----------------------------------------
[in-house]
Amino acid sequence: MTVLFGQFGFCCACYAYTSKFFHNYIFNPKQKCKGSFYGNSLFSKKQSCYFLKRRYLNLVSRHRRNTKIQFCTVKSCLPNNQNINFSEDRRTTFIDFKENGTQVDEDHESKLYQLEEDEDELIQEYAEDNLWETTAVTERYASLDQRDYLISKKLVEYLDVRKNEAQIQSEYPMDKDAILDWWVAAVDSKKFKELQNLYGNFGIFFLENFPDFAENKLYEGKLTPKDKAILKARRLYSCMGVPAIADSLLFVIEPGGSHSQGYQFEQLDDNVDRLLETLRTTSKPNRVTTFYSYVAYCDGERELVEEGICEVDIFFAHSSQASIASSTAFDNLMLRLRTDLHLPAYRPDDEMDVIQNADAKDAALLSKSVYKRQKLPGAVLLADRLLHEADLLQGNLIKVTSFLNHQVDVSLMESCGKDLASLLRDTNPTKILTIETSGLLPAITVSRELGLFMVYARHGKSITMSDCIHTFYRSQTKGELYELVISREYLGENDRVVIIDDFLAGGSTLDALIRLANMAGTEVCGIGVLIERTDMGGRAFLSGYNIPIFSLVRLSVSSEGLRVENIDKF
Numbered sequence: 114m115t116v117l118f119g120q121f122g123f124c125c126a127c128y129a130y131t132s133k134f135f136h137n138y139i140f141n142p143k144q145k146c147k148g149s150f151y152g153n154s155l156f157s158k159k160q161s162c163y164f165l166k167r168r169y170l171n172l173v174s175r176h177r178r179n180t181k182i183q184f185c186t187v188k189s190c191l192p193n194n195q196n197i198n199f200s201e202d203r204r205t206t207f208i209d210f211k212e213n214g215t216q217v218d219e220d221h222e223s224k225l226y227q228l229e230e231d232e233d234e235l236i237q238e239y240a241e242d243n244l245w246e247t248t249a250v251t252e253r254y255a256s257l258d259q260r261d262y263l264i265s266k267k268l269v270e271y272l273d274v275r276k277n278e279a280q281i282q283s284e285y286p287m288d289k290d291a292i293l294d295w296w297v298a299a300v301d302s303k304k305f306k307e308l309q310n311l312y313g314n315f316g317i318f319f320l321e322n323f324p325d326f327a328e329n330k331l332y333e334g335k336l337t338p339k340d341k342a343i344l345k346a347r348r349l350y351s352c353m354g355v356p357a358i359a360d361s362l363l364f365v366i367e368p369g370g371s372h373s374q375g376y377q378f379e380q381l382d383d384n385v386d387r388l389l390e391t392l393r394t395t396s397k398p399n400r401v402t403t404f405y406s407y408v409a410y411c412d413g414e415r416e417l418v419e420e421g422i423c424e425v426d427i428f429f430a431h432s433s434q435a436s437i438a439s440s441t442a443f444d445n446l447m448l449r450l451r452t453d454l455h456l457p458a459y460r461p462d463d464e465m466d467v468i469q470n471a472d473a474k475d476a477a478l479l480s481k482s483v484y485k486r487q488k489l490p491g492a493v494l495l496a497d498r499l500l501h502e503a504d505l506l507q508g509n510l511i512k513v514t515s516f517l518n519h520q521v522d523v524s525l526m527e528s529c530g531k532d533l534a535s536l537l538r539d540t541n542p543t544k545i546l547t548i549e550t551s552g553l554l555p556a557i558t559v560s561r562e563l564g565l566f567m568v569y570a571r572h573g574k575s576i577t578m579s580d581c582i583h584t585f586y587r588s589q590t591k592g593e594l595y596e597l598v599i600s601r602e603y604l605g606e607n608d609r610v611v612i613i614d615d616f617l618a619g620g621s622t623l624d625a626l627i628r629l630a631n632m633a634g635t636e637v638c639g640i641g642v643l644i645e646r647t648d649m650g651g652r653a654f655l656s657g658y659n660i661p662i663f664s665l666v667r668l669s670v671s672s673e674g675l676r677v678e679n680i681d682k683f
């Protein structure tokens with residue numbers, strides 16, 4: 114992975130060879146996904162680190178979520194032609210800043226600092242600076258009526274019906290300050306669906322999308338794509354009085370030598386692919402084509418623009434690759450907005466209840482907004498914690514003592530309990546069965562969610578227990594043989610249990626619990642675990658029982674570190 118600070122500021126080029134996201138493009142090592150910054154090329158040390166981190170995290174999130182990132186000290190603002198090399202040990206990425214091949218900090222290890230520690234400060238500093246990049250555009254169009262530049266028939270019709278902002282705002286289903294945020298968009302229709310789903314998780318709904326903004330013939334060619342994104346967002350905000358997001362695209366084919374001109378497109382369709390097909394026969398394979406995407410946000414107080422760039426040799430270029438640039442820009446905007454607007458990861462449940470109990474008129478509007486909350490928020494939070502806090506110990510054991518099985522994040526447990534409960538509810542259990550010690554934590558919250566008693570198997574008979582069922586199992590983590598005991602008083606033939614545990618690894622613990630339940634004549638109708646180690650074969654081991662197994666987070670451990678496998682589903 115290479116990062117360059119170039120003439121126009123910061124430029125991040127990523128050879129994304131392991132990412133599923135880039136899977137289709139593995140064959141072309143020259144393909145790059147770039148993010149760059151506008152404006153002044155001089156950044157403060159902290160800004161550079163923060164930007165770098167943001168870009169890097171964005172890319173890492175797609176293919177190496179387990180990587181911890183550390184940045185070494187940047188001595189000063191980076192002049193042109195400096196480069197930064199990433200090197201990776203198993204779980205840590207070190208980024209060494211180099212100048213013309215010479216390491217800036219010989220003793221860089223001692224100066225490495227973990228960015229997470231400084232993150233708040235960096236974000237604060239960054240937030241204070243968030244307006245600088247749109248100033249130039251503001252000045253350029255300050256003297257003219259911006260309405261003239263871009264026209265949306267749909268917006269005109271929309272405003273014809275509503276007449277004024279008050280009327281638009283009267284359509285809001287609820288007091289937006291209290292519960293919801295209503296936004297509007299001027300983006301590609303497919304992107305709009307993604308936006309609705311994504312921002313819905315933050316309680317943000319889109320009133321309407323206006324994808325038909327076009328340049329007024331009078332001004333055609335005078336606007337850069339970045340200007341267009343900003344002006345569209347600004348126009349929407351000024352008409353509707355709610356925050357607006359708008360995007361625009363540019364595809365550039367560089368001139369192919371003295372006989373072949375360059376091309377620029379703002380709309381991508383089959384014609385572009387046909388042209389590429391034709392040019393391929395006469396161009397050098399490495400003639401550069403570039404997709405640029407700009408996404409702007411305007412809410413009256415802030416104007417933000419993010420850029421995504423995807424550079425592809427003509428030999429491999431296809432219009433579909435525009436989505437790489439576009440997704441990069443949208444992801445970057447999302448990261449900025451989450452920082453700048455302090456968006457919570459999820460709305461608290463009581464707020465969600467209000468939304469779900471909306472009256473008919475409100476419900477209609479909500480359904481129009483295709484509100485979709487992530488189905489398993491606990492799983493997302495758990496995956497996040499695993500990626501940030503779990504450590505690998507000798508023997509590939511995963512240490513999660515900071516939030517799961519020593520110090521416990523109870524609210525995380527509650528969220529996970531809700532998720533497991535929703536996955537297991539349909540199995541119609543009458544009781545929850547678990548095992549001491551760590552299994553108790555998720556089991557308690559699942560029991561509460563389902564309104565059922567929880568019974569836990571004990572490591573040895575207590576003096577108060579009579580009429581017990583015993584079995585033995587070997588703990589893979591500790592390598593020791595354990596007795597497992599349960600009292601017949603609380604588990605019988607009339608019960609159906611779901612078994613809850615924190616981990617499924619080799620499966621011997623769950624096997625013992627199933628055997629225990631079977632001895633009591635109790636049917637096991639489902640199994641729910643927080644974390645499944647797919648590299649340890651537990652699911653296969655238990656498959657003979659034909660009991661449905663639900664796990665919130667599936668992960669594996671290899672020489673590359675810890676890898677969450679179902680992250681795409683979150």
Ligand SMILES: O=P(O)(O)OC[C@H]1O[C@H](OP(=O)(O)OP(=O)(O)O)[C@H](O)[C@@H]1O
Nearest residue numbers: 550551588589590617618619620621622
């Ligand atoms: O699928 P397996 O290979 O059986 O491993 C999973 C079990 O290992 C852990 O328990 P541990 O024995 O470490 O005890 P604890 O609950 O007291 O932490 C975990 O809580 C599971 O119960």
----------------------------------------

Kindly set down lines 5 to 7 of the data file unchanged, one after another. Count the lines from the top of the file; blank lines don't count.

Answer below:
Ligand SMILES: O=P(O)(O)OC[C@H]1O[C@H](OP(=O)(O)OP(=O)(O)O)[C@H](O)[C@@H]1O
Nearest residue numbers: 550551588589590617618619620621622
């Ligand atoms: O699928 P397996 O290979 O059986 O491993 C999973 C079990 O290992 C852990 O328990 P541990 O024995 O470490 O005890 P604890 O609950 O007291 O932490 C975990 O809580 C599971 O119960």